29 December, 2010


Walking past the now defunct Spaghetti Warehouse (I was sure that it would be the next ironic place for people to go for cheap drinks, alas) I saw one of them bright orange liquor license placards in the window. The name on the transfer read "Union Transfer LLC." Couldn't find anymore info on teh intertubes, but I am keeping my fingers and toes crossed that the new owners do something a little more interesting than a family feedbag establishment. Perhaps the building could be restored to its former usage as a farmer's market; or perhaps a brewpub could take advantage of the ample space and high ceilings. Lord knows that Spring Garden east of Broad needs something. Let us pray.

UPDATE: Union Transfer LLC shares a registered address with 4 Corners Management, the company behind such establishments as Lucy's Hat Shop and the assorted Drinkers Taverns. So Spring Garden east of Broad will be getting something ... just probably not something interesting.

16 December, 2010

Tonight: DBBD Firkin at Fork n' Barrel

Holy crap! This collaboration between Dogfish + Del Borgo + Baladin sounds amazing! I'll let the folks from Fork & Barrel tell the rest of the story:
We have one of 5 FIRKINS that came into the country from Italy. This is a special collaboration brew between dogfish head, baladin, and del borgo. It is a sample of what is to come (March) in the brewpub in Manhattan called EATALY. $6 a glass.
Oh and they're also doing a food drive for Philabundance. 
Nice! Now I need to check the bus schedule out to East Falls...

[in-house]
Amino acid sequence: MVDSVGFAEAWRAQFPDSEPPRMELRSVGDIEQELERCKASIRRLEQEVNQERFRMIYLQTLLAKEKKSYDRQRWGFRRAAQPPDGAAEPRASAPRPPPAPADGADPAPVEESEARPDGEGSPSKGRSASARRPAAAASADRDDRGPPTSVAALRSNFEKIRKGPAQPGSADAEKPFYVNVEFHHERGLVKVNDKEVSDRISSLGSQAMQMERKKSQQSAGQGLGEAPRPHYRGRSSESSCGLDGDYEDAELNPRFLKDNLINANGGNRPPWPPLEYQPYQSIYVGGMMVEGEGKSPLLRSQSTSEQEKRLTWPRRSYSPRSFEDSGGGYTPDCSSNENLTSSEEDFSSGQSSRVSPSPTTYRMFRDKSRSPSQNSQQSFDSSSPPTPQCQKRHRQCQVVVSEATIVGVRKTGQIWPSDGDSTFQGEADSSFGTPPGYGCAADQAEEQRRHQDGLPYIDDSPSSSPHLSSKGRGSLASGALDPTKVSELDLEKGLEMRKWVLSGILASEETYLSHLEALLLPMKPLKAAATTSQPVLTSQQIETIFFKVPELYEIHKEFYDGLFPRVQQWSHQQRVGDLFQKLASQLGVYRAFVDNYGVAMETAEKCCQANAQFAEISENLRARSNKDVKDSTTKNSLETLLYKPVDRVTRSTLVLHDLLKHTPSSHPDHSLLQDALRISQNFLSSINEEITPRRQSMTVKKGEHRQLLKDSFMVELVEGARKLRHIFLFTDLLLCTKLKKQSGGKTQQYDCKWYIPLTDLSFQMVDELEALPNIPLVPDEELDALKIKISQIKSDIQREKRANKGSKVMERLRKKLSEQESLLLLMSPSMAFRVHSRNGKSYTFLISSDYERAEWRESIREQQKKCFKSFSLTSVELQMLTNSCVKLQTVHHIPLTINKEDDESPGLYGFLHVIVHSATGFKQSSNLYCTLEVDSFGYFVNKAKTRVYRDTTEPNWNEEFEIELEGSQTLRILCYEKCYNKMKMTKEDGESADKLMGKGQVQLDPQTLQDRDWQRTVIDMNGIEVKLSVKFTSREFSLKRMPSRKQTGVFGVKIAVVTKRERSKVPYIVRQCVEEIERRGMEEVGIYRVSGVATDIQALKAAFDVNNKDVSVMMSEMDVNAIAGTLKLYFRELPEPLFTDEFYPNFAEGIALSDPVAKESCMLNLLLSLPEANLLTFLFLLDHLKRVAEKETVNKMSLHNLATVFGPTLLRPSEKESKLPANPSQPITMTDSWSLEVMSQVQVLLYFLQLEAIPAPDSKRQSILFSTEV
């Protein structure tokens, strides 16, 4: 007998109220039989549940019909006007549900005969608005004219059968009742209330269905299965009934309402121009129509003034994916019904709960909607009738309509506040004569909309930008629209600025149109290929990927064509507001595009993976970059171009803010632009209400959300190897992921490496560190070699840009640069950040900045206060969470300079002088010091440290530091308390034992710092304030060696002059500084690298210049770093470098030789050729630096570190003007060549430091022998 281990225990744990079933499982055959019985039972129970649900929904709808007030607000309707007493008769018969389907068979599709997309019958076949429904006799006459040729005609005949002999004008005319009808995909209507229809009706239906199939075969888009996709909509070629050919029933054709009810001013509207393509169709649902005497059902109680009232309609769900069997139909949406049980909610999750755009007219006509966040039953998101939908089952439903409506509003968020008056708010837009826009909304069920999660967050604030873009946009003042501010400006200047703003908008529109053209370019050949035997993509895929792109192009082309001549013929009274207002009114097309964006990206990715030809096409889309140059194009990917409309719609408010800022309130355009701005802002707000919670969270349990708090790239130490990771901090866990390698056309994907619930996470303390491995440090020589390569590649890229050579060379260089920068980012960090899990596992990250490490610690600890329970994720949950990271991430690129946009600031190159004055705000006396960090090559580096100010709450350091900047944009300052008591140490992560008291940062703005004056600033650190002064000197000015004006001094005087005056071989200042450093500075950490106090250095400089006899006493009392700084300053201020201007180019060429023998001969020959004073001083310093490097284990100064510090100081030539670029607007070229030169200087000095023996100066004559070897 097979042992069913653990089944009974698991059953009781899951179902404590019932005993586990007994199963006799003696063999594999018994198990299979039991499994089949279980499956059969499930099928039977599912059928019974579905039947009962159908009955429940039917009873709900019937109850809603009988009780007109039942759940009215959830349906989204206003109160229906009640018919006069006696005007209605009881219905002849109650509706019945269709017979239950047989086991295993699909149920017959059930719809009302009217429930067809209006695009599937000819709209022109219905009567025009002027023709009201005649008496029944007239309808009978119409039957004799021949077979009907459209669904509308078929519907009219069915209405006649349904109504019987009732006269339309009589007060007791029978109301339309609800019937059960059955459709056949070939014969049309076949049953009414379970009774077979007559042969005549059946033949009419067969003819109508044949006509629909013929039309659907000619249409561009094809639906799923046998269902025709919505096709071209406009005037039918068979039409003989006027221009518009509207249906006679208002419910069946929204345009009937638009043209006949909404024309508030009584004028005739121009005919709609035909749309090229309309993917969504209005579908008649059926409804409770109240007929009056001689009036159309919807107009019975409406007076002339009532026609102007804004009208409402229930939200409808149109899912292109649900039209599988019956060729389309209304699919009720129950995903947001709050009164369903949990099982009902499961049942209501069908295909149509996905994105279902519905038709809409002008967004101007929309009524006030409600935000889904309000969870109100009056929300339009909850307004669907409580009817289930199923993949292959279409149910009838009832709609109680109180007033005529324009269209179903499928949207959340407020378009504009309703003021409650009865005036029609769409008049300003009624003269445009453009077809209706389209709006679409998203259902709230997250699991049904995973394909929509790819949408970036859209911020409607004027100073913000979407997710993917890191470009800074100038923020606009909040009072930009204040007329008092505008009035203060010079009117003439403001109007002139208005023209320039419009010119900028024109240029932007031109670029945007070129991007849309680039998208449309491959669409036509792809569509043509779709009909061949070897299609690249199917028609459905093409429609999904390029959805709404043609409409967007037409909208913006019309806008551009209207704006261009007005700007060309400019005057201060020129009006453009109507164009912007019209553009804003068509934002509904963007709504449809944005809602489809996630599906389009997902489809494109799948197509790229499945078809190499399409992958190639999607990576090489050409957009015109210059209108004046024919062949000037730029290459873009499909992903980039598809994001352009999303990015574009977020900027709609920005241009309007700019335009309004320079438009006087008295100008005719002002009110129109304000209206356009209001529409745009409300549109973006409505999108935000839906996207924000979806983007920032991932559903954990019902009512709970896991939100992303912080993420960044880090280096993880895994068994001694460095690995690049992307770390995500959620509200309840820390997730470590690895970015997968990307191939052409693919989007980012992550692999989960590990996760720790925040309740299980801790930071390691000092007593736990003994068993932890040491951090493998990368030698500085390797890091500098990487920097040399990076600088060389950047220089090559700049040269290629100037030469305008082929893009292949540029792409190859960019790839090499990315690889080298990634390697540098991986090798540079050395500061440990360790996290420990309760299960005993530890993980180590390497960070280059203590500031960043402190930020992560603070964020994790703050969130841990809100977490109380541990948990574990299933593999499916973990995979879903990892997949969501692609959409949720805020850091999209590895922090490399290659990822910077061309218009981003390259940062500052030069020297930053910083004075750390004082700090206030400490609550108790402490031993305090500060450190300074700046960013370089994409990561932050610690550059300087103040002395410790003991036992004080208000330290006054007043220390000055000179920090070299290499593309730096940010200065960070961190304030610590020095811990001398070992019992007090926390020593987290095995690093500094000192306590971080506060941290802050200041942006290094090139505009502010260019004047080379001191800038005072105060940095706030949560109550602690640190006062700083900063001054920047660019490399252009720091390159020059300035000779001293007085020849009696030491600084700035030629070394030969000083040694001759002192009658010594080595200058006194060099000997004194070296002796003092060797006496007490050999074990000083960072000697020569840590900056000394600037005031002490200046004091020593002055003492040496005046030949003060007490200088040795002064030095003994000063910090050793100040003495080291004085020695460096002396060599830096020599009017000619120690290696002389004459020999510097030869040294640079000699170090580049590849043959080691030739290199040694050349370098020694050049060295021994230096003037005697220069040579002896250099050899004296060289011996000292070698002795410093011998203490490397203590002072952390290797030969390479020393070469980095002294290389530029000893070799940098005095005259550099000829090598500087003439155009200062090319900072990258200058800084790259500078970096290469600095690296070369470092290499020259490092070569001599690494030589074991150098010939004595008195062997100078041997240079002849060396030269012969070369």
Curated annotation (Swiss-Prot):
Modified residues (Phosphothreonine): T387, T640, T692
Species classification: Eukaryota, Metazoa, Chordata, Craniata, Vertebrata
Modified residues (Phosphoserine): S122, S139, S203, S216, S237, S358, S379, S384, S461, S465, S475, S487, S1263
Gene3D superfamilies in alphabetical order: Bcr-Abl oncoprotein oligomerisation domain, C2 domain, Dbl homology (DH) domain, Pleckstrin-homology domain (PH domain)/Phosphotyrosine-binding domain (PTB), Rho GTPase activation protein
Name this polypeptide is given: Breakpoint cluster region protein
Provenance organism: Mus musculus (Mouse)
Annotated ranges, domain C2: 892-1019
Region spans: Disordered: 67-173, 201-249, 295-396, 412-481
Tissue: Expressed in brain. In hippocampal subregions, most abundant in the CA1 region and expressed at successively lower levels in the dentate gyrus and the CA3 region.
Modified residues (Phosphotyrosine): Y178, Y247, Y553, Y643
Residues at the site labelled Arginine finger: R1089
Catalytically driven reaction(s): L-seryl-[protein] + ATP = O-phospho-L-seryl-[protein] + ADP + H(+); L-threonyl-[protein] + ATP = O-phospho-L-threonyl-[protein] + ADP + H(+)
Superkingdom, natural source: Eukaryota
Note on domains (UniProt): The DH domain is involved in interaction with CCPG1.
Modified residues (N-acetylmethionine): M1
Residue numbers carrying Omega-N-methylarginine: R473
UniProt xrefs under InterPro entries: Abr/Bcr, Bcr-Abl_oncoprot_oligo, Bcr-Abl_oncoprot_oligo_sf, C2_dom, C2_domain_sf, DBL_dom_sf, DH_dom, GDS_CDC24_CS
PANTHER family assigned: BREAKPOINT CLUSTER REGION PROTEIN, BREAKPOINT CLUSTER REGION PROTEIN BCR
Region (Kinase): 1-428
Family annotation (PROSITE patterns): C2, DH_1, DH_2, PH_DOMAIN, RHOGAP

Check out the rest of the details after the jump.

01 December, 2010

Luna di Miele

I was married on October 16th. The next evening my wife (still feels novel to type that word) and I boarded a plane to Rome. We spent two weeks in Italy traveling by train and bus. We ate our way from Rome to Turin (where we somehow survived a seven hours long gorge-fest at Slow Food's Salone del Gusto); from Turin to Bologna; Bologna to Montella (including a marathon lunch prepared by Amanda's relatives); Montella to Abruzzo; and finally from Abruzzo back to Rome. We encountered so much good food/beer/wine/hospitality. Here are some pictures (food/beer/wine related) from our trip. Cheers!

18 November, 2010

Brew Masters of the Universe

A friend sent us a heads up about this new show, Brew Masters, on Discovery Channel. Here's the description from the website:
Join Sam Calagione, craft beer maestro and founder of Dogfish Head Brewery, as he and his partners in suds travel the world searching for exotic ingredients and discovering ancient techniques to produce beers of astounding originality.
Kind of makes it sound like it will be a cross between Ace of Cakes and No Reservations. I'll definitely be tuning in!

Brew Masters premiers this Sunday, November 21 @ 10 PM on the Discovery Channel.

15 November, 2010

Belated Weekend Review


Got in some late season wiffle ball on a glorious Saturday afternoon then biked over to Johnny Brendas for their "Wet Hop Rodeo." Had a Weyerbacher Harvest Ale, a Brewworks Harvest Ale and a Troeg's Wet Hop. Then a drunk girl from the craft beer express knocked our outdoor table over (glasses and all). Check please!

New Job Celebratory Brunch for the Wife at Amis - Buffala ricotta bruschetta, carbonara, raviolo all'uovo. Washed down with a Victory Yakima Glory (Black Double IPA). Not the best choice for a breakfast beer but tasty nonetheless. Then we accepted a random invitation to Mazowsze at the Kimmel, which was described to me as the Polish version of Riverdance - though that is a little unkind to Mazowsze. It was pretty amazing. The show featured colorful costumes, acrobatic dancing and an impressive 15-piece band that played selections of music representing the different regions of Poland . After that we went home and did laundry and cooked Spaghetti all'Amatriciana (because the pork jowl in the carbonara wasn't enough) with guanciale from La Quercia. Num nums.

13 November, 2010

An Open Letter to Fork & Barrel

Dear Fork & Barrel,